The memoirs of an acidic curmudgeon and widower.
After his beloved wife Iris Murdoch died, Bayley (Iris and Her Friends, 1999, etc.) was besieged by well-wishers offering assistance and companionship. Margot and Mella, the two most irrepressible of the gaggle of helpmeets, zipped into his life with a feminine force that rendered the man helpless to avoid their tireless ministrations. One slipping innocently into his bed, the other staging a full-frontal seduction, Margot and Mella riotously overturned the author’s nascent widower’s lifestyle of reclusive seclusion with their zealous determination to help one who does not want to be helped. The ingredients for a delightful farce or comedy of manners lie in bountiful supply within this material, but Bayley fails to take advantage of these possibilities with his snide commentary. Perhaps too honest in his reactions, he assails the reader with his ambivalent distaste for this humorously affable pair. It’s an authorial blunder that casts him as the unlikely villain of his own life story even when he does admit his own culpability in the soap opera around him. Couple this cranky tone with a literature professor’s overenthusiastic affection for literary allusion, and the result distills itself from a heartwarming and breezy consideration of life as a widower into a bitter diatribe against two generous (though perhaps needy) souls. Mercifully, Bayley’s humanity outshines his cantankerousness on occasion, as when he ponders over his life without Iris and finds new affections with his old friend Audi. His love for Iris is plangent and deep, filled with memory and their shared history; his love for Audi is fresh and budding, filled with possibilities and regeneration. Still, since you never know when this crocodile will snap, you’d better stand clear altogether.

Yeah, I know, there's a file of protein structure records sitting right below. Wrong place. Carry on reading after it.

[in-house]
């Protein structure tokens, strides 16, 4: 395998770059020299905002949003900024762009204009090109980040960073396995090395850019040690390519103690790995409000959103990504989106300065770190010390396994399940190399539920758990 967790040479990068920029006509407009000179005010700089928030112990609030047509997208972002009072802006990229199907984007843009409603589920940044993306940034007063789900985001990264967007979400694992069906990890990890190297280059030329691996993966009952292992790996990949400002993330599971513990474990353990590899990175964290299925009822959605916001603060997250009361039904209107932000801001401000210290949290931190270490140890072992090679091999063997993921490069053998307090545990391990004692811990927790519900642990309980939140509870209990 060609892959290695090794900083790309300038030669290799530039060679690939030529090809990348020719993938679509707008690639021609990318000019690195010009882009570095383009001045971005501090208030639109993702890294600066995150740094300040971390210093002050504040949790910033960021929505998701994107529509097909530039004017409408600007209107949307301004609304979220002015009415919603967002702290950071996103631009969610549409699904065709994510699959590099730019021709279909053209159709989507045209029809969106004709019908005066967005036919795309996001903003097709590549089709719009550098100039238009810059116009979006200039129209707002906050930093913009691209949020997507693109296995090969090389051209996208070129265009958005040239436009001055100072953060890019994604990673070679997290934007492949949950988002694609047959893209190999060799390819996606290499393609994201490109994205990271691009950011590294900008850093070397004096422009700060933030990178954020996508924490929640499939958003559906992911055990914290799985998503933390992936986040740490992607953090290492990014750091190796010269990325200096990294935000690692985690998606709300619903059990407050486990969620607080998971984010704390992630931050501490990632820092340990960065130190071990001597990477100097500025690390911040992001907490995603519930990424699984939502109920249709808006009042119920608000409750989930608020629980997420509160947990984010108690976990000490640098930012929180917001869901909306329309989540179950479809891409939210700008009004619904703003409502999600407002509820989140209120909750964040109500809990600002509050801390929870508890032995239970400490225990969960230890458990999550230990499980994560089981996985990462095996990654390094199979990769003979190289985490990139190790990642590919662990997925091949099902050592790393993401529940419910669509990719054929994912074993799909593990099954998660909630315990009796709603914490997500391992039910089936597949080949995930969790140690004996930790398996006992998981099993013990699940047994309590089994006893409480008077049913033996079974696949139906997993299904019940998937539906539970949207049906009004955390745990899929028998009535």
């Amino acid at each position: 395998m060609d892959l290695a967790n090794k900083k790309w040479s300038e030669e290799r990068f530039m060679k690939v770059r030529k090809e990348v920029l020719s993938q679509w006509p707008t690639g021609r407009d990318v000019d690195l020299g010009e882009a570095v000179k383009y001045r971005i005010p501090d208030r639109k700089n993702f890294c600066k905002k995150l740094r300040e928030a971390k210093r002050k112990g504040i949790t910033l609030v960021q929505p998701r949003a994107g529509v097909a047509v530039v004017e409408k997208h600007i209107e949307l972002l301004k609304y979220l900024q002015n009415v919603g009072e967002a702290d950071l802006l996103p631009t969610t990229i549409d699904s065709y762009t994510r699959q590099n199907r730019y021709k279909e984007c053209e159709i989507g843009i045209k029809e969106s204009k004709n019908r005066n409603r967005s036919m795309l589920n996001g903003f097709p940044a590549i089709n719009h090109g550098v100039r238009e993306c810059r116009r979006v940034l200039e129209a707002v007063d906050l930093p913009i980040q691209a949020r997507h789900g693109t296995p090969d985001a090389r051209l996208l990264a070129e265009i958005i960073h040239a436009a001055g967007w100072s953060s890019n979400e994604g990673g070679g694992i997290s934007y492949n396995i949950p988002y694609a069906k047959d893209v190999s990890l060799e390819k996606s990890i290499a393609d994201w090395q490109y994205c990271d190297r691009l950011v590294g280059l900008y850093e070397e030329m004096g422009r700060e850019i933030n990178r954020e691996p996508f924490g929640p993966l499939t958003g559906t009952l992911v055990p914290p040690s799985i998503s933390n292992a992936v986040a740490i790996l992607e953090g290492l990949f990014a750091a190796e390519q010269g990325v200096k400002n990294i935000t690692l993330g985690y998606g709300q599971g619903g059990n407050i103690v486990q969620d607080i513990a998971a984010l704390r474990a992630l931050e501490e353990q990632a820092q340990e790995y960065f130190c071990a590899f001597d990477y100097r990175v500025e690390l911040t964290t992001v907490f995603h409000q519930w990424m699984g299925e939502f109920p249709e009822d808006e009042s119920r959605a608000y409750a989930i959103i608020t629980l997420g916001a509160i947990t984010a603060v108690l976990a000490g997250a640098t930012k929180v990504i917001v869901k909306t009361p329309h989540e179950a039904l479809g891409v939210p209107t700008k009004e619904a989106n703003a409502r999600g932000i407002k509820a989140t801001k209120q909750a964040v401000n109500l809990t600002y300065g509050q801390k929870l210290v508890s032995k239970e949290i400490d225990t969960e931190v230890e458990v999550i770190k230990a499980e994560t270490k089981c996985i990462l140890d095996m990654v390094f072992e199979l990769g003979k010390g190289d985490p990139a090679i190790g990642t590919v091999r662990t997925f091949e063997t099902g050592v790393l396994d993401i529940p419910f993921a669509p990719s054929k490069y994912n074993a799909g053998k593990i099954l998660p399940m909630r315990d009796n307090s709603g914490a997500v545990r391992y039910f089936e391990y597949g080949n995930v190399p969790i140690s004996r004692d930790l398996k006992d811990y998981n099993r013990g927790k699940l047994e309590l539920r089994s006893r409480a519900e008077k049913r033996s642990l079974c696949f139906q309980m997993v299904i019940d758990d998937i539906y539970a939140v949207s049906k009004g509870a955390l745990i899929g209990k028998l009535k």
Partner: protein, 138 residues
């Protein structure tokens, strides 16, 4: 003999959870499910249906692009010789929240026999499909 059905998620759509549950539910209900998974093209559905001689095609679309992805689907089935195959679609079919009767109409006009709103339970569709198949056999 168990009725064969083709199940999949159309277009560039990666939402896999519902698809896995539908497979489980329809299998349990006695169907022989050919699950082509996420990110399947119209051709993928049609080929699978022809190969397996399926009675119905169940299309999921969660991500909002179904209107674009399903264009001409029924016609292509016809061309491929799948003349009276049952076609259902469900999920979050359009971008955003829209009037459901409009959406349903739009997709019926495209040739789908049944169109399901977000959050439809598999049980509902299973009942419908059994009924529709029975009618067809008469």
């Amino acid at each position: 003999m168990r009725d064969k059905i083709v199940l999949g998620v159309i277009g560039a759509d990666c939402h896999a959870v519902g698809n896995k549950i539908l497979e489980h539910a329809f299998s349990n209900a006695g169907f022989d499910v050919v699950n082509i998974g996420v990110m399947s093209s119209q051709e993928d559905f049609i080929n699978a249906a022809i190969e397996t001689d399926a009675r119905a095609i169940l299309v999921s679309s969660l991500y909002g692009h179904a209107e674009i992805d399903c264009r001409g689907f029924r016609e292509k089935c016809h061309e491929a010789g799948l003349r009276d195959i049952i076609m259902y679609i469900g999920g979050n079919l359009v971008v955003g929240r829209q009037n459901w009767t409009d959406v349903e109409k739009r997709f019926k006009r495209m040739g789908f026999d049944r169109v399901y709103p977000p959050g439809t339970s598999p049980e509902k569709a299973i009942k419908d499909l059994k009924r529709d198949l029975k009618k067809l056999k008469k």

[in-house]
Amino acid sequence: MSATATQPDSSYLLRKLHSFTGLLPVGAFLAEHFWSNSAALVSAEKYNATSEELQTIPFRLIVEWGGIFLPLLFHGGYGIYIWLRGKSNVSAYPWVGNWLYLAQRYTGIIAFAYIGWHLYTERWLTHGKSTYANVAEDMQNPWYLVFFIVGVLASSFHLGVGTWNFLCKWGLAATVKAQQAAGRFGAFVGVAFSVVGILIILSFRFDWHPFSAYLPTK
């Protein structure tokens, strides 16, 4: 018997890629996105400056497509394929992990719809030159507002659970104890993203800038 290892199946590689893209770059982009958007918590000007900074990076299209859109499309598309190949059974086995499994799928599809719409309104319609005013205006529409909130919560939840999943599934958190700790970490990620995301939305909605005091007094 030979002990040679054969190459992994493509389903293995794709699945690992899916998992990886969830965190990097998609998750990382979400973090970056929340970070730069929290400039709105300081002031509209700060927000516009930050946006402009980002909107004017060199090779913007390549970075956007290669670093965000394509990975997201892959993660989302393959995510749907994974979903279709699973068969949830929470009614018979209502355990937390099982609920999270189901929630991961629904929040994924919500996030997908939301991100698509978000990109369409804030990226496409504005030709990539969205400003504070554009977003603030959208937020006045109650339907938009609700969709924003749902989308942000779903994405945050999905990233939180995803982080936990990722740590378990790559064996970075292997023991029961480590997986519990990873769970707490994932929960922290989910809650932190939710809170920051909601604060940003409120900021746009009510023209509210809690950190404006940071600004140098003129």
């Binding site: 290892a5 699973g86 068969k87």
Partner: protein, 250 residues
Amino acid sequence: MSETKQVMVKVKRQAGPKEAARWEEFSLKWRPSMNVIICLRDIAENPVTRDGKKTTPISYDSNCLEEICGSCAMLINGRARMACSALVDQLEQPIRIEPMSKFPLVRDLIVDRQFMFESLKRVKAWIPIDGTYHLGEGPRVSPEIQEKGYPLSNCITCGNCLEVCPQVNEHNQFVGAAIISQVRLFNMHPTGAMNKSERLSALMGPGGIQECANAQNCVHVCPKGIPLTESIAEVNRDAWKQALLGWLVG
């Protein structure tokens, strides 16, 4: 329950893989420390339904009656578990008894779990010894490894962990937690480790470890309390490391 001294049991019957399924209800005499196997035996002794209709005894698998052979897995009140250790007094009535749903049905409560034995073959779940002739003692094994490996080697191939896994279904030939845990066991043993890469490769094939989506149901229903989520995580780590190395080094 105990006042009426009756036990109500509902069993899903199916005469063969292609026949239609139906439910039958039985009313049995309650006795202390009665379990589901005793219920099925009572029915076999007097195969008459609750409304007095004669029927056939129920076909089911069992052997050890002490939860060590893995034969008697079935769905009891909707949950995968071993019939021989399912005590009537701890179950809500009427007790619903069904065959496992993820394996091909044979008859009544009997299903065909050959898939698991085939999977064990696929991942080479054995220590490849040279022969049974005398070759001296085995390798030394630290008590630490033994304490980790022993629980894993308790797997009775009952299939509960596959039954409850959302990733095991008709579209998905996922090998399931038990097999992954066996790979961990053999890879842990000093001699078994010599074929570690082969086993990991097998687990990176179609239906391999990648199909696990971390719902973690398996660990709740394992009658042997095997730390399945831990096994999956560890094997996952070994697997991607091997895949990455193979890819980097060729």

Could have been funnier, should have been kinder.